Ericsson says that Rasmus Dalsten (13), from Herlev in Denmark, experiences a full day in the presence of his peers via a tablet with a live video connection from a 5G smartphone mounted on a fully mobile robot in the school premises.
The extremely low latency, fast speed and high data-handling capabilities of 5G mean that Rasmus, who is unable to physically attend school because of a lung condition, not only doesn’t miss out on classroom or schoolyard activity, but has the freedom to move and look where he wants, Ericsson says.
Ericsson said that Rasmus had a previous robot that was controlled by teachers and classmates at school. If he wanted to change the view of what he was seeing, someone at school had to physically turn the robot in that direction.
With 5G, Rasmus has full control of the robot, called Fable, which is about the size of a small teddy bear. Wherever he wants to go, and whoever he wants to make contact with at school, he controls Fable to become his real-time eyes and ears, the company says.
He can react to classroom lessons as they happen by steering Fable himself. If someone behind Fable makes a comment as part of a discussion, Rasmus can manoeuvre Fable to see who is speaking, and even join in.
Rasmus says: “I’ve got a new robot that I can turn around myself and it’s no trouble for the adults or myself. It is very nice.”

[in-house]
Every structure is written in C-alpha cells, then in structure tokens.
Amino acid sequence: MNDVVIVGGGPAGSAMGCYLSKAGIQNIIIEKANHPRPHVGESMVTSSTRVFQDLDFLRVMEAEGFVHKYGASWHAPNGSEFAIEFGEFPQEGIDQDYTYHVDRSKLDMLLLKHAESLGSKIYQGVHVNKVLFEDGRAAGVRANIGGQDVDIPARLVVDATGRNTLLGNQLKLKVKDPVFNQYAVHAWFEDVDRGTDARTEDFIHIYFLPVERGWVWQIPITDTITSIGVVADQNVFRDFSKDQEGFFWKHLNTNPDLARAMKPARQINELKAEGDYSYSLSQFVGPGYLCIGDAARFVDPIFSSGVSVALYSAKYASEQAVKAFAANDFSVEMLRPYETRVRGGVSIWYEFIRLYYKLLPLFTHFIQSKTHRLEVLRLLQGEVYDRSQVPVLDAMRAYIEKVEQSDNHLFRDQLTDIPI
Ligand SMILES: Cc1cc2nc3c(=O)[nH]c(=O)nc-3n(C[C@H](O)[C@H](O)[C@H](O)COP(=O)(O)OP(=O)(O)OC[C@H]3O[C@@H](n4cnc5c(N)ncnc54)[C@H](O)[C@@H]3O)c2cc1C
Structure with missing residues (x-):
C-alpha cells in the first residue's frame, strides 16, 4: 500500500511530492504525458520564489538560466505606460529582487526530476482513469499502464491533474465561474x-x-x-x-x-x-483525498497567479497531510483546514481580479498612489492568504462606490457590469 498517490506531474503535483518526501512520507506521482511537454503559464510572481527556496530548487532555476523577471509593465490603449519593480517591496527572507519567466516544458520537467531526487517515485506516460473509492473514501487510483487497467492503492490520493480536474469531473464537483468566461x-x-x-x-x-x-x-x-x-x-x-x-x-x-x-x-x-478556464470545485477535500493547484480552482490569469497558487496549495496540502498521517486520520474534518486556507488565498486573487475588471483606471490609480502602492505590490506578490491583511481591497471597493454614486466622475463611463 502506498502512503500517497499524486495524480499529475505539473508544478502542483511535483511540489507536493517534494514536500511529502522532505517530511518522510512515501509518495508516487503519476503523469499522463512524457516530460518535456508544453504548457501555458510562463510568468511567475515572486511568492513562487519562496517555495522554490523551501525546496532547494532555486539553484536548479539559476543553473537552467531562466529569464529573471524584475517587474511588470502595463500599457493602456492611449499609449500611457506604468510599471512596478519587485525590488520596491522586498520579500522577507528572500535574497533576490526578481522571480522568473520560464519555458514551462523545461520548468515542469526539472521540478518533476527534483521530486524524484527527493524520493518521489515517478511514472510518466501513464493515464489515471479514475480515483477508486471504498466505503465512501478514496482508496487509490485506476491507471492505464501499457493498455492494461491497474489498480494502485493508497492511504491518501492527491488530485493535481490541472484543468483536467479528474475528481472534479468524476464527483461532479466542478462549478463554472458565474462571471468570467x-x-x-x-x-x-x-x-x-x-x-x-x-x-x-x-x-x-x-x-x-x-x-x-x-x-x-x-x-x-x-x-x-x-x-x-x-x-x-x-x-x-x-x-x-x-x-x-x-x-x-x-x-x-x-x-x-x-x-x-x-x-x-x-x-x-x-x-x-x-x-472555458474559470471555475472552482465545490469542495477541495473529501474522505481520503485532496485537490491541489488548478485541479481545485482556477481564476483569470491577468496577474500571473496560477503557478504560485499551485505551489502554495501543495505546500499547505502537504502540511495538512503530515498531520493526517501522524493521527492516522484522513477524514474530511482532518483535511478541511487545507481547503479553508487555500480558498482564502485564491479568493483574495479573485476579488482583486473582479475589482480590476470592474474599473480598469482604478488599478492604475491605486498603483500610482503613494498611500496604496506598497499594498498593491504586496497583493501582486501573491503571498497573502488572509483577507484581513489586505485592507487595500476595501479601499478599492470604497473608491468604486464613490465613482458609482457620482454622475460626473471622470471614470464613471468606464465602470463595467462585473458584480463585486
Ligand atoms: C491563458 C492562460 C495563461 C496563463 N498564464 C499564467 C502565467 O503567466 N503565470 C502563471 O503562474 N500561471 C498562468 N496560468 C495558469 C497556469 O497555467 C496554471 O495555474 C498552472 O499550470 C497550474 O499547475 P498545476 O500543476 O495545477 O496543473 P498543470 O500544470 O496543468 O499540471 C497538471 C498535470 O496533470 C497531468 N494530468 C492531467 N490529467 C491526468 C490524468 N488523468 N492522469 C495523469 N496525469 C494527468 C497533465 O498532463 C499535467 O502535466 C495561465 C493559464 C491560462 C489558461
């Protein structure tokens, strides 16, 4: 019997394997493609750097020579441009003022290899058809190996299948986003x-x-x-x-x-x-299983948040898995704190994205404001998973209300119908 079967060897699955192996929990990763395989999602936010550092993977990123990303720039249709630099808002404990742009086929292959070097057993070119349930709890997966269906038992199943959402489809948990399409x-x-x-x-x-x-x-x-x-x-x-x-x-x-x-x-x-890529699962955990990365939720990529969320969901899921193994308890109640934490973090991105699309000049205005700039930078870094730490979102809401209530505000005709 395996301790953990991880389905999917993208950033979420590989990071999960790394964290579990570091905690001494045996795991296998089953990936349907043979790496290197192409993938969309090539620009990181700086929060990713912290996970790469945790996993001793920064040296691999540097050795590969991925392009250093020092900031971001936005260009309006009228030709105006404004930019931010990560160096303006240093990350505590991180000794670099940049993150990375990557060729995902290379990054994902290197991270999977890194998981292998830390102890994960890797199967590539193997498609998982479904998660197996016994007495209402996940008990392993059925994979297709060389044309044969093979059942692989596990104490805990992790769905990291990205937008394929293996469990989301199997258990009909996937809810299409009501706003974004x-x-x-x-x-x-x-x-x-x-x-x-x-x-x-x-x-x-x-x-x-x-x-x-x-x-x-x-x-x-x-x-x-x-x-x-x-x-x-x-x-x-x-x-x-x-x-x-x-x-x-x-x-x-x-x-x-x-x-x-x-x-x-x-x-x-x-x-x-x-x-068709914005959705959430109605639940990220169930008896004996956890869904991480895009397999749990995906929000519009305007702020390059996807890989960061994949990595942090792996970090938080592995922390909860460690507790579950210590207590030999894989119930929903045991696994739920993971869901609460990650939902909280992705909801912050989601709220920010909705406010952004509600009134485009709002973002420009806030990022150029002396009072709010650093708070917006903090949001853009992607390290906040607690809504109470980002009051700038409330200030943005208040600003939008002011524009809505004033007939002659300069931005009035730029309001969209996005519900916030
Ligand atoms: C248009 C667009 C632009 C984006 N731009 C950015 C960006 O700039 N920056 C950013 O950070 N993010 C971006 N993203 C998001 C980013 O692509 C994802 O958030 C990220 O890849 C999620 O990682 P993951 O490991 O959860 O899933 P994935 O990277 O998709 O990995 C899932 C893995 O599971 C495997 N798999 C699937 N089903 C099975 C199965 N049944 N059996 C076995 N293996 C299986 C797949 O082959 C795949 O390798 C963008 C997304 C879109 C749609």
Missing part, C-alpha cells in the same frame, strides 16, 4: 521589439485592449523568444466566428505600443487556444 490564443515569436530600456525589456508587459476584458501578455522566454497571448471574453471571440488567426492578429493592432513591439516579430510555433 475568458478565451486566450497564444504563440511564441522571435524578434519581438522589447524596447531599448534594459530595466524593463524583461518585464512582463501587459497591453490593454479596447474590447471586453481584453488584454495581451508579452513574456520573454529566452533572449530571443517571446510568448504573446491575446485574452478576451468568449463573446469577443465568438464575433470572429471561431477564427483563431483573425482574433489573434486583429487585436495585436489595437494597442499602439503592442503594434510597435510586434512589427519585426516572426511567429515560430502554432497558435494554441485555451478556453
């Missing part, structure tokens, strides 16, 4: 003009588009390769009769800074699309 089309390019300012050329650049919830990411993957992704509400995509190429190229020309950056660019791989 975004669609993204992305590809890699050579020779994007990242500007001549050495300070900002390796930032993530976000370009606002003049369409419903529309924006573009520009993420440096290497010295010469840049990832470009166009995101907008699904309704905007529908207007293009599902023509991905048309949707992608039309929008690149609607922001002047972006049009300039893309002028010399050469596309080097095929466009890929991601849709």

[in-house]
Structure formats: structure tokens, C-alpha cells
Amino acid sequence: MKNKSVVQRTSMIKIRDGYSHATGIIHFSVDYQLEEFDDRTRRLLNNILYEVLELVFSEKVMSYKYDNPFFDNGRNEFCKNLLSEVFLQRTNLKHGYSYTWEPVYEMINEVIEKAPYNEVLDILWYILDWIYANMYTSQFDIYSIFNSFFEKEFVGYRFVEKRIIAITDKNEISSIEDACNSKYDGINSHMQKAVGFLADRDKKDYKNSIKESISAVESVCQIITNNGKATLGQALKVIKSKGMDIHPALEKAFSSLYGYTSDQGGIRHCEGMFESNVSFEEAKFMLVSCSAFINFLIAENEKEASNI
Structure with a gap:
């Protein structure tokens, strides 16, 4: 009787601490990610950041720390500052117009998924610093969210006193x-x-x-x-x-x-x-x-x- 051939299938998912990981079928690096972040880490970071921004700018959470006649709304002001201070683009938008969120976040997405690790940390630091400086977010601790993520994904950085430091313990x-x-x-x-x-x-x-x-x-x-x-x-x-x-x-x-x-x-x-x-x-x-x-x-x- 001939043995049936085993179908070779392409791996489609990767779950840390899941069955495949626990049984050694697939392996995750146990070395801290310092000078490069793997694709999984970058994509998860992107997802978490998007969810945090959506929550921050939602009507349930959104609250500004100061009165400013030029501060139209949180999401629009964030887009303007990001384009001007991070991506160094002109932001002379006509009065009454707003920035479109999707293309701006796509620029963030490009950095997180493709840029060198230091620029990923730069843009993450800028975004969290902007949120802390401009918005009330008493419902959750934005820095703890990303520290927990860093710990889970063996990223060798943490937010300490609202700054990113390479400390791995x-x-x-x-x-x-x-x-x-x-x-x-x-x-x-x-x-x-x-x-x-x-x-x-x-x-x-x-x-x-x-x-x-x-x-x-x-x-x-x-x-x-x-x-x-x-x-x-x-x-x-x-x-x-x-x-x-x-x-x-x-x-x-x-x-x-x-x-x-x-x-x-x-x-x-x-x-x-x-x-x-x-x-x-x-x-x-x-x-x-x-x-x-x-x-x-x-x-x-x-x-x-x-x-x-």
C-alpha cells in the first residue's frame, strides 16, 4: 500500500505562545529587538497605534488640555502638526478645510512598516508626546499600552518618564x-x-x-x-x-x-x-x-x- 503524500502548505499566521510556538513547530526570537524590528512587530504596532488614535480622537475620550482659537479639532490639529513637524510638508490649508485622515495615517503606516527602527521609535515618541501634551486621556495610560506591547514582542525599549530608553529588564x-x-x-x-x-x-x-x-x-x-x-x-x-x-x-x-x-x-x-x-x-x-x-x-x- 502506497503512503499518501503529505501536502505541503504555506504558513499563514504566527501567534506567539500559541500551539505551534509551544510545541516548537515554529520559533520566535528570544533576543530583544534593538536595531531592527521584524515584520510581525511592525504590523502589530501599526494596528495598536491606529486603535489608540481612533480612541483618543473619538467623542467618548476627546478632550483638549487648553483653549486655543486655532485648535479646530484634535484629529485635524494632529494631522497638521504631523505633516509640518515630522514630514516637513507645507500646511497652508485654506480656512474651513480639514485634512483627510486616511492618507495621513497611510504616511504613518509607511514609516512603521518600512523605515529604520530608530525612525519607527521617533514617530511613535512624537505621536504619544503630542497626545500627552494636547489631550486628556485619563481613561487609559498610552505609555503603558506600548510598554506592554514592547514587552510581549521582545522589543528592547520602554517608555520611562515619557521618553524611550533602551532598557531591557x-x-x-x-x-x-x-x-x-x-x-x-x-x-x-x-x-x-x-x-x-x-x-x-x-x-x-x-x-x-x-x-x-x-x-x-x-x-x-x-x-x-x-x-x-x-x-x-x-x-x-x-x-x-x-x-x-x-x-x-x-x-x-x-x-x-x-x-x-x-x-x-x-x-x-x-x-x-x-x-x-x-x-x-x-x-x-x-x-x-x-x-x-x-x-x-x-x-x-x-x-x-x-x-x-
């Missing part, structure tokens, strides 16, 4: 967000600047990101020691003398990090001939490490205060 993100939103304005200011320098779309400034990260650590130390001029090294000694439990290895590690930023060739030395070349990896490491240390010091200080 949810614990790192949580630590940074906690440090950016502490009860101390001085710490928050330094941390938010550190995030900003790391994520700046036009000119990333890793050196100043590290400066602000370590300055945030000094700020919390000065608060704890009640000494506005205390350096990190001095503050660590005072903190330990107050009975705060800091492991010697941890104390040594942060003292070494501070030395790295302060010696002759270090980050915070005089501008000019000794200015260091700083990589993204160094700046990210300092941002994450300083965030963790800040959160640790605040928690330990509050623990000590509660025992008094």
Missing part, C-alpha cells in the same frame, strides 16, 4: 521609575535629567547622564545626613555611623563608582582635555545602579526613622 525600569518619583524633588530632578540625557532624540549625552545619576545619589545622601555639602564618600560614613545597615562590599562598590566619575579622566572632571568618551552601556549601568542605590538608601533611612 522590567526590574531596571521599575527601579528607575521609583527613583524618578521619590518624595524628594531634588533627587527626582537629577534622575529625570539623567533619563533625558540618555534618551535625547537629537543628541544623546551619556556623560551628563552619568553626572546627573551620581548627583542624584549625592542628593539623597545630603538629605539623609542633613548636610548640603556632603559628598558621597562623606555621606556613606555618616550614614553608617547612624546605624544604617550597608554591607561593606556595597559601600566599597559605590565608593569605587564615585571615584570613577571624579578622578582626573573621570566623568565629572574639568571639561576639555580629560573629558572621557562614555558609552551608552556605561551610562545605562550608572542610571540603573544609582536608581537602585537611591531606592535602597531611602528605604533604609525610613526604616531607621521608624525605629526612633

Rasmus’s mother, Charlotte Dalsten, is impressed that Fable, which Rasmus has trialed for six months, allows him to make instant eye contact with his classmates.
“Rasmus logs onto the PC and the iPad, which is connected to the robot,” she says. “This way he gets to be with his school class all day, during lunch breaks and in class. It has been important for me to see that Rasmus is happy when he logs on, that the others interact with him and that he is able to look around and make eye contact with them.”
Rasmus’s teacher, Cille, says the 5G-powered robot enables Rasmus to take part in lessons on a par with other classmates who are physically in the room.
“It is not me who decides if he looks at the blackboard or if he looks at those in the classroom who are speaking,” she says. “He decides where to look and where to go. That’s what he would do if he was here physically. So that has clearly been the biggest benefit.”